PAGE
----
£21,610 - £30,445 Price range
56 - 67 MPG
The Hyundai i40 is the Korean firm’s answer to models such as the Volkswagen Passat estate and the Ford Mondeo estate. With the competition getting tougher (both the Ford and the Volkswagen are brand new), Hyundai has just given its large family estate car a facelift.
Revisions include LED daytime running lights, revised tail lights and new alloy wheel designs. Inside, interior plastics have been improved, there’s a new touchscreen sat-nav system, and high-spec cars now come with DAB digital radio.
Also new is a twin-clutch automatic gearbox that’s available with the top specification engine and offers better fuel economy than the conventional automatic model. All new i40s get stop-start technology and an aerodynamic new grille (with a flap that closes at speed) to make the new model even more efficient.
Despite its notable attributes, some reckon it’s not quite enough to topple the class-leading Volkswagen Passat and Ford Mondeo Estates. It does undercut them both on price, though, and comes as standard with an excellent five-year/100,000 mile warranty.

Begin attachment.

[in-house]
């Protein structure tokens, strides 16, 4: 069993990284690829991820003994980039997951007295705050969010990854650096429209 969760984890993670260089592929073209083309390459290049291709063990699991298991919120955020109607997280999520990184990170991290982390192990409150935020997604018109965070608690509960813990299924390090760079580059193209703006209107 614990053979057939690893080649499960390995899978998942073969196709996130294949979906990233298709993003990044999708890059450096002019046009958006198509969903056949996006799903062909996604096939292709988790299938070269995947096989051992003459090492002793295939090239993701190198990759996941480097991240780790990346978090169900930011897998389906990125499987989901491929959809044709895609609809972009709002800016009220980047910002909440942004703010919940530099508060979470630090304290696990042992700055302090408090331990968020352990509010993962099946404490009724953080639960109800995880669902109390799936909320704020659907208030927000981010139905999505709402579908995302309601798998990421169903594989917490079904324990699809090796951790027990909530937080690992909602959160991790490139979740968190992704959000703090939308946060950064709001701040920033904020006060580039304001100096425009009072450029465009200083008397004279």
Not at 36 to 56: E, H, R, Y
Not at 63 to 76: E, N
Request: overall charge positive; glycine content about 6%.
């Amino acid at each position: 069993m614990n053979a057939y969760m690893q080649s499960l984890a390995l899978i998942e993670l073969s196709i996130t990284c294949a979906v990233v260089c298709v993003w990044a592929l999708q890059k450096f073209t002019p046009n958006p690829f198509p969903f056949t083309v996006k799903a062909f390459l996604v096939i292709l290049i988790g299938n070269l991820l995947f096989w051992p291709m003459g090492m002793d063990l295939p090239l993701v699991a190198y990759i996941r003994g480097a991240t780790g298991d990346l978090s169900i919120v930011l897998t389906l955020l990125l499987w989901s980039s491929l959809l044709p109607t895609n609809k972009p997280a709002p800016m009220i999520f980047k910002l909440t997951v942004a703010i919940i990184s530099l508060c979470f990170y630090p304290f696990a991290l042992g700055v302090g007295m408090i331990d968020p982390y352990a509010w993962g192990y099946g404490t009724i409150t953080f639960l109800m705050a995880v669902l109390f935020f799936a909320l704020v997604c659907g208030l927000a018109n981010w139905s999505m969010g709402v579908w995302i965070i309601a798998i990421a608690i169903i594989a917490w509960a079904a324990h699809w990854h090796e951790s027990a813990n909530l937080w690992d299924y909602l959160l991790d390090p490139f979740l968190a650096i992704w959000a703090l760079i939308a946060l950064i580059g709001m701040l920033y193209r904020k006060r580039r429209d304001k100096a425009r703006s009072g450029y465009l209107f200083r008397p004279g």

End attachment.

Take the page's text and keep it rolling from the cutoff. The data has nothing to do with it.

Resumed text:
As a sign of just how far Hyundai has come over the past few years, the build quality of the i40’s cabin is enough to rival amongst the best in the class. The materials used are all to a high quality, and inside it has a fairly upmarket feel.
That being said, it’s still not quite as well built as some of its premium rivals, and some critics weren’t fond of the “fussy” control layout. They were, though, very impressed with the space on offer – it’s not the biggest estate on sale, but there’s still more than enough room for the driver and passengers. At 553 litres with the seats in place, the boot is very accommodating too, though some testers suggest that is a little narrower than some.